Core exercise for cyclists

Cycling is practically synonymous with legs, but core strength is an equally important and often overlooked part of cycling. Learn about core exercises for cyclists.

The stability of a solid upper body makes you more efficient, more powerful, and more resistant to injury, so we have chosen some of our simple favorite exercises for cyclists to strengthen their cores.

The benefits of a strong core

Your legs are responsible for turning the crank, but the rest of your body plays a more significant role than you may realize. The pelvis and hips anchor you on the saddle, your back hangs your upper body over the handlebars, and your stomach and sides provide stiffness and support. Collectively, these and other upper body muscles are referred to as your core, and they are essential to make you efficient and stable on the bike.

Riders with weak cores waste energy by rocking or swaying. The more your power to move you forward, your core is stronger. For this reason, core strength is essential when stepping out of the saddle or in an airplane position. In addition, a strong core reinforces good shape and prevents damage. Your core helps you stay in control of rough terrain, improve efficiency for better-sustained power, and help you resist fatigue during long trips. If you ride a bike, you can benefit from the core strength.

Core muscles used in cycling

Traditional core definitions are usually limited to the midsection, such as the abdominal muscles, obliques, and lumbar spine. Although these are vital areas, almost everything is somehow involved in effectively cycling and steering a bicycle.

The best core exercises for cyclists are aimed at the functional interaction between several muscle groups. This extended definition includes a wide range of muscles. They have the transverse and rectus abdominis (abdominal muscles), internal and external slopes (your sides), erector spinae (straightening of muscles in the back), pelvic floor (groin and sit bones), gluteus maximus (buttocks), and trapezius (neck and shoulder blades), among others.

Elbow to high plank

Start in an elbow plank position, ensuring your elbows are directly in line with your shoulders. Lift yourself into a standard plank, one arm at a time. Lower back to an elbow plank, and repeat. Focus on engaging your core throughout the movement by pulling the tailbone to keep your upper body flat. Do not dip your lower back, drop your head or raise your buttocks.

Lateral walking push-ups

Lateral walking push-ups are a simple variant of the well-known push-up related to planks and combining functional strength and stability. Follow a push-up with a side step to the side while in plank position, and then repeat.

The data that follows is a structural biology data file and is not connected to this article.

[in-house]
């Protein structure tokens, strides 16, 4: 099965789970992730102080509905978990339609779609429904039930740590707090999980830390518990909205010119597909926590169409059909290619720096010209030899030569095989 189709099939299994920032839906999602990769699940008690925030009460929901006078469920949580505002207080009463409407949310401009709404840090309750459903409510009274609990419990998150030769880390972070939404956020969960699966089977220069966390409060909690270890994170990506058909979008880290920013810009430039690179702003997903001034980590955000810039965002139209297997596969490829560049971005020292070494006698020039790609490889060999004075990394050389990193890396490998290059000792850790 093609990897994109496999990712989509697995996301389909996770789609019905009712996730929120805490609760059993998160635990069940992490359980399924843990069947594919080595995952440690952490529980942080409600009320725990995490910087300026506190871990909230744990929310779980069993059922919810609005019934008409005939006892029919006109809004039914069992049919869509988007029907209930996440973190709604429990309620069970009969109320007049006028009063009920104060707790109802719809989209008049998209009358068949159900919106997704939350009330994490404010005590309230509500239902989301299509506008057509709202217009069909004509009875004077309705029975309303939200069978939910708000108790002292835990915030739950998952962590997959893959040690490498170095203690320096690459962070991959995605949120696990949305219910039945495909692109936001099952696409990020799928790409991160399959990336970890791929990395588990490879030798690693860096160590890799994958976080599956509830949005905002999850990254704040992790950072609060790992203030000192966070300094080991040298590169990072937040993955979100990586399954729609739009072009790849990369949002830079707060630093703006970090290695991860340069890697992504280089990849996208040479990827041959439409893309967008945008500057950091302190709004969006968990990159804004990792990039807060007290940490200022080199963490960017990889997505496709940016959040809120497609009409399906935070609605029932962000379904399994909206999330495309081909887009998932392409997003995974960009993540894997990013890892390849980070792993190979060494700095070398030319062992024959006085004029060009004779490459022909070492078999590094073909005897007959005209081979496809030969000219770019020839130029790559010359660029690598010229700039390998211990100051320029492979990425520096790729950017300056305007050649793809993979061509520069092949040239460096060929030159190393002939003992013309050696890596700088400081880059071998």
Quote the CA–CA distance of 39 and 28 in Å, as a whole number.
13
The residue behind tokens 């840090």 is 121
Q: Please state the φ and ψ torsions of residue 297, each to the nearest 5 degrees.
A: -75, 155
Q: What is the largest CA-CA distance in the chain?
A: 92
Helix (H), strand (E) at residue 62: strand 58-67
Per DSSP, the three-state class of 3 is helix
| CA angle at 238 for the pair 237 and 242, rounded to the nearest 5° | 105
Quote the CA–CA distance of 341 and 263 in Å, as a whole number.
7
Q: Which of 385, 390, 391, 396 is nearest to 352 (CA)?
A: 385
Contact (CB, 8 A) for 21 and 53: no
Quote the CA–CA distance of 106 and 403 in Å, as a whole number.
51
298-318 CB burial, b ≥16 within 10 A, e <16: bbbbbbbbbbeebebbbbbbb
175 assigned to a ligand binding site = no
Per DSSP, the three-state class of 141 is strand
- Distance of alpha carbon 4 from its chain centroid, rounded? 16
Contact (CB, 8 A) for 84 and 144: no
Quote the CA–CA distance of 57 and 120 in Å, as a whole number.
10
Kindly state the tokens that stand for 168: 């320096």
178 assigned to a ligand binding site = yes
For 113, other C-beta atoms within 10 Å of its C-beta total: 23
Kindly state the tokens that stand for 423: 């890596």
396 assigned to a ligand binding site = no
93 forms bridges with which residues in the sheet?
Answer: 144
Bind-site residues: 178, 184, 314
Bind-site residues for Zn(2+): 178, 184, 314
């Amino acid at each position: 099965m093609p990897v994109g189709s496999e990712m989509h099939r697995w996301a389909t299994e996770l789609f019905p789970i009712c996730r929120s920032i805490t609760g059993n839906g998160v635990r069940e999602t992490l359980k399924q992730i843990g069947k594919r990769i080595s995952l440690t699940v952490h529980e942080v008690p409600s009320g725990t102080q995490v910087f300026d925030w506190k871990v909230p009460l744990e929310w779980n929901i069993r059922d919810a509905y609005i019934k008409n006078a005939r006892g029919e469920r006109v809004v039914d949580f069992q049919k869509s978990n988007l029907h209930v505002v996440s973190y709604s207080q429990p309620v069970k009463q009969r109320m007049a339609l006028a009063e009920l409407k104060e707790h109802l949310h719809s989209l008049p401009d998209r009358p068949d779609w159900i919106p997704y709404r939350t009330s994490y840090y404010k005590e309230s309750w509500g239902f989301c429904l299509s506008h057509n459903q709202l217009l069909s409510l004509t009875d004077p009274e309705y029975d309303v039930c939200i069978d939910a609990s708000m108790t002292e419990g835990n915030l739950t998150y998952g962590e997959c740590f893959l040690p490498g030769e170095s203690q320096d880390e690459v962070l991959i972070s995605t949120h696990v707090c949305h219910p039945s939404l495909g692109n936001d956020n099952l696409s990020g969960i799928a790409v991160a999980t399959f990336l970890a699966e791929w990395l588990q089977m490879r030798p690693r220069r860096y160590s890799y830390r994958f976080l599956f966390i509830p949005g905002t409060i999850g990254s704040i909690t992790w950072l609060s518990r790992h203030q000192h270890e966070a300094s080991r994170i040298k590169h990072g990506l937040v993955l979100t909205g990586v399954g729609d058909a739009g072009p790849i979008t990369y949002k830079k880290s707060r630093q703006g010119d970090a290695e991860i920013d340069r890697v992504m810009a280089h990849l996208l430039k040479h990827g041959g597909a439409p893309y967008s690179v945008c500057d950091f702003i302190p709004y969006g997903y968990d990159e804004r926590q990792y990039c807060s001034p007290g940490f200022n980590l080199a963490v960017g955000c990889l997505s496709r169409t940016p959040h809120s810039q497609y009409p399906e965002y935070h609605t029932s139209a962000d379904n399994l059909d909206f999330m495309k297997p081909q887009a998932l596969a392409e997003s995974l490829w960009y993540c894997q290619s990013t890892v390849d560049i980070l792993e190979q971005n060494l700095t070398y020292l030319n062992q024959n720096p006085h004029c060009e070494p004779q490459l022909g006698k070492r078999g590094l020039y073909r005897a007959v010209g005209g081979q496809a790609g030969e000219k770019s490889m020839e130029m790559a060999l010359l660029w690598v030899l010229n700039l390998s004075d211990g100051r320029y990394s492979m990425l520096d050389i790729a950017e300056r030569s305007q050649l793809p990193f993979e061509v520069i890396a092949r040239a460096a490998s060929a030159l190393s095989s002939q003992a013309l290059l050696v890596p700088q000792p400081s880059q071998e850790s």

Hollow hold

Another classic core exercise, hollow hold, activates abdominal muscles, hip flexors, and quads, and by adding some weight, they can also engage the shoulders for stability in the upper body. Hollow hold begins on the back, with the feet and the arms over the head. Activate the core by pressing your lower back into the ground, and lift your arms and legs off the floor. Hold this position for several seconds.

Simple-dumbbell overhead squat

Stand approximately shoulder-width apart, with your knees directly above your feet. Hold a dumbbell with your arm stretched just over your shoulder and your elbow locked. Now, keep your heels planted and keep your hips and shoulders level. Squat your hips backward and down below your knees before getting up entirely again. Swap arms and repeat.

Half-Turkish get-ups

Have your right knee bent, lying on your back. Have your right foot on the floor and your left leg fully extended at a 45-degree angle to the side. Hold the kettlebell or weight directly over your head in your right hand, and extend your left arm out to the left side. Now, staring at the importance of holding it directly over you, push off the left arm to raise the upper body until the weight rests on the left hand. Also, lift your hips off the ground simultaneously by pushing through your right foot. There should be a continuous movement into this raised position, and then hold it for a moment before lowering yourself again. Change sides and repeat.

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References

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